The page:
Federation Server

When testing the bridge server, we added a memo to the transaction in order to identify what customer account to credit. However, other people and organizations using DigitalBits might not know they need to do that. How do they find out?

The DigitalBits federation protocol allows you to convert a human-readable address like amy*your_org.com[1] to an account ID. It also includes information about what should be in a transaction’s memo. When sending a payment, you contact a federation server first to determine what DigitalBits account ID to pay. Luckily, the bridge server does this for you.

Payment flow diagram

DigitalBits.io provides a prebuilt federation server that can hook into an existing user database, but you can also write your own.

Create a Database

The DigitalBits federation server is designed to connect to any existing SQL database you might have with a list of account names. It essentially translates a federation request into a SQL query. The server supports MySQL, PostgreSQL, and SQLite3.

At a minimum, your database should have a table with a column identifying the name to use for each account record.[2] In your existing system, you might have a table named accounts that looks something like:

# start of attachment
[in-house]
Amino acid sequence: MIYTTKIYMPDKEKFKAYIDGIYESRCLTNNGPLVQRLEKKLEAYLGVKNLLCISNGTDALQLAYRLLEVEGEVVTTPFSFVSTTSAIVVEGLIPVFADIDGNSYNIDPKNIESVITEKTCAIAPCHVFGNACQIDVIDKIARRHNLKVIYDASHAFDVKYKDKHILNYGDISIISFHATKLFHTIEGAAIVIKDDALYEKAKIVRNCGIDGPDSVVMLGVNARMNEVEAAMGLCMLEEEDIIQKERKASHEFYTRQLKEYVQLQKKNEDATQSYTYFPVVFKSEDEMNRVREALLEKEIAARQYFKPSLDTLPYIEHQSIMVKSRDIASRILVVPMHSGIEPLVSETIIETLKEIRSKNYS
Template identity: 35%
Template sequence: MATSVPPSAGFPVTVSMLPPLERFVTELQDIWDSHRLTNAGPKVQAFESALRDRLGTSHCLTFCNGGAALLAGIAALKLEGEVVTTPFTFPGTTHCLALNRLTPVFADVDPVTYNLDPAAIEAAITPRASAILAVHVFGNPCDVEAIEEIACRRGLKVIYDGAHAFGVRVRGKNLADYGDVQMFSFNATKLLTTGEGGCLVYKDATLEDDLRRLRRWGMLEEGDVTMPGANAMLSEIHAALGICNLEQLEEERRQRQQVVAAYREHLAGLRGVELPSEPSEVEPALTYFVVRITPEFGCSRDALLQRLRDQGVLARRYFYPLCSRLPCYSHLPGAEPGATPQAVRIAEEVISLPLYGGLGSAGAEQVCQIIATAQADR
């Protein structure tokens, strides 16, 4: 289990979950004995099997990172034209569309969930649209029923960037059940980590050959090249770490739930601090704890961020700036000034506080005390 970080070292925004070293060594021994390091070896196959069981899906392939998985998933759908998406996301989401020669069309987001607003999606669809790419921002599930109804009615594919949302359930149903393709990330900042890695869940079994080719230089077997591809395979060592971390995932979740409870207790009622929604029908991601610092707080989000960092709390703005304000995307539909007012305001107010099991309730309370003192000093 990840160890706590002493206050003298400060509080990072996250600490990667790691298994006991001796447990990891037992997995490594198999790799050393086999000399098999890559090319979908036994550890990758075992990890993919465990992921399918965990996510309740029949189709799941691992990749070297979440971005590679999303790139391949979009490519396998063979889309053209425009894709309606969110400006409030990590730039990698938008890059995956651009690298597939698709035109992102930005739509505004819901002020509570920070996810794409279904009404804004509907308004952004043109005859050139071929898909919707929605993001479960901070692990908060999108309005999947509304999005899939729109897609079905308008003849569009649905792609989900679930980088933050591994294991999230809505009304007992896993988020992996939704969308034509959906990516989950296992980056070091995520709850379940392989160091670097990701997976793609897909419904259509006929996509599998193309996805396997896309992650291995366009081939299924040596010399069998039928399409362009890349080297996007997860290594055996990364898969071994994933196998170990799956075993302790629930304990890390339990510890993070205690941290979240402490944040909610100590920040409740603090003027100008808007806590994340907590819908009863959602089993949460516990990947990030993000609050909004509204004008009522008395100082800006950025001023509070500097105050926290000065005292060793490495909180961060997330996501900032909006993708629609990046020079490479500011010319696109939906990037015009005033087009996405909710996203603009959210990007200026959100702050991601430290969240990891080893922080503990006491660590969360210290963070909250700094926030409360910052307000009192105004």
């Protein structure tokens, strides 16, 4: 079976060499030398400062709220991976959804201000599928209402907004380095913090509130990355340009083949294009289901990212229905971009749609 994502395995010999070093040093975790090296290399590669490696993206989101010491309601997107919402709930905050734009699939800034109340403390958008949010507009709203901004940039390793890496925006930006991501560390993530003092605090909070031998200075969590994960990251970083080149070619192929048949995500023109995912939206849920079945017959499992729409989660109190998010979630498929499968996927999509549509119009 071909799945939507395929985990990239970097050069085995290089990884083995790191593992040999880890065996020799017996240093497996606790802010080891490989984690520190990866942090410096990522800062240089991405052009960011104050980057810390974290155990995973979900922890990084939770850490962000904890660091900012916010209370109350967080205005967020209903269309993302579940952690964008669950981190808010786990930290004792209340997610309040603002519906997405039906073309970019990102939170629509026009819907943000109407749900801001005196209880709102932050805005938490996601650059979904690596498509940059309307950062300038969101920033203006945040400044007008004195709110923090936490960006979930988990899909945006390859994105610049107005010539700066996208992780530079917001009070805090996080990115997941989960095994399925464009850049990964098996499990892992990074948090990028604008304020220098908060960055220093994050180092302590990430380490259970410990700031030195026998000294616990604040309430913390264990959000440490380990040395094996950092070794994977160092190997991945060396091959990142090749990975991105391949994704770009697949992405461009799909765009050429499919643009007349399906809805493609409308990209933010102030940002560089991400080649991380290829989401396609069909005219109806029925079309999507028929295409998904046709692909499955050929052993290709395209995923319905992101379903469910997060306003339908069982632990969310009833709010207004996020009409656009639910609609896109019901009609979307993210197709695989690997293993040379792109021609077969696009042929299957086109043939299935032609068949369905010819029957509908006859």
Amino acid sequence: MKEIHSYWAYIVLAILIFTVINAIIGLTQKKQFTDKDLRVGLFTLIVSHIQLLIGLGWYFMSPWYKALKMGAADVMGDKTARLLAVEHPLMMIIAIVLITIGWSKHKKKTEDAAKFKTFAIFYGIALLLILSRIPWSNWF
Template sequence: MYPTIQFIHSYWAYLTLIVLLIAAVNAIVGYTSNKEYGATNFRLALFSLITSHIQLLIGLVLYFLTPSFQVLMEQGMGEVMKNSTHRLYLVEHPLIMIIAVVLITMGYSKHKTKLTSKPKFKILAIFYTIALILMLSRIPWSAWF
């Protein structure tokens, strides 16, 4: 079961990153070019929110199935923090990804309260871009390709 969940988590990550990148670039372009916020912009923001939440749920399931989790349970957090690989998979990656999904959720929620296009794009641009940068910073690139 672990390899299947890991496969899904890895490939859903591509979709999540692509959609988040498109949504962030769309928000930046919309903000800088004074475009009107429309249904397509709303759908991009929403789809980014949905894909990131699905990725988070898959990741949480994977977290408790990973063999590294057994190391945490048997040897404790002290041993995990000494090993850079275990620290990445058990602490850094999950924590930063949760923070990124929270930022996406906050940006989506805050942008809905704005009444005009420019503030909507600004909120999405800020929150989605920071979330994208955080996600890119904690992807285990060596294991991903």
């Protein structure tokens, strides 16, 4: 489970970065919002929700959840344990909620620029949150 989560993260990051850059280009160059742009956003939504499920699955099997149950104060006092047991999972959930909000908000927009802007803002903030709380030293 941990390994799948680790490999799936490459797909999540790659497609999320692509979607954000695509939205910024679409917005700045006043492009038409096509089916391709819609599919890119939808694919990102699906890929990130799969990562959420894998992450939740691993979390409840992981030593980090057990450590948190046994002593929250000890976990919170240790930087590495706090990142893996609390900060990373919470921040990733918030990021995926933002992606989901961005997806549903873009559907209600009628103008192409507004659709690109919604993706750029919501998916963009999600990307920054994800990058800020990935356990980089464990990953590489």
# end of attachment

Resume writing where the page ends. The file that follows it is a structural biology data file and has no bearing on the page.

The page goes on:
id first_name last_name friendly_id
1 Tunde Adebayo tunde_adebayo
2 Amy Smith amy_smith
3 Jack Brown jack_brown
4 Steintór Jákupsson steintor_jakupsson
5 Sneha Kapoor sneha_kapoor

Where Tunde’s DigitalBits address would be tunde_adebayo*your_org.com.

Download and Configure Federation Server

Next, download the latest federation server for your platform. Install the executable anywhere you like. In the same directory, create a file named federation.cfg. This will store the configuration for the server. It should look something like:

port = 8002

[database]
type = "mysql" # Or "postgres" or "sqlite3"
dsn = "dbuser:dbpassword@/internal_accounts"

[queries]
federation = "SELECT 'GAIGZHHWK3REZQPLQX5DNUN4A32CSEONTU6CMDBO7GDWLPSXZDSYA4BU' as id, friendly_id as memo, 'text' as memo_type FROM accounts WHERE friendly_id = ? AND ? = 'your_org.com'"
reverse-federation = "SELECT friendly_id, '' as domain FROM accounts WHERE ? = ''"

# The federation server must be available via HTTPS. Specify your SSL
# certificate and key here. If the server is behind a proxy or load balancer
# that implements HTTPS, you can omit this section.
[tls]
certificate-file = "server.crt"
private-key-file = "server.key"

Make sure to update the database connection information with the proper credentials and name for your database. Also update the value of domain in the federation query to match your actual domain instead of your_org.com.

The federation query is a SQL query that should return the columns id, memo, and memo_type when supplied with the two parts of a DigitalBits address, e.g. tunde_adeboyo and your_org.com for the address tunde_adebayo*your_org.com.

Since we are mapping all addresses to our base account, we always return the base account ID for id. As in the first section, we want the account’s friendly_id as a text memo.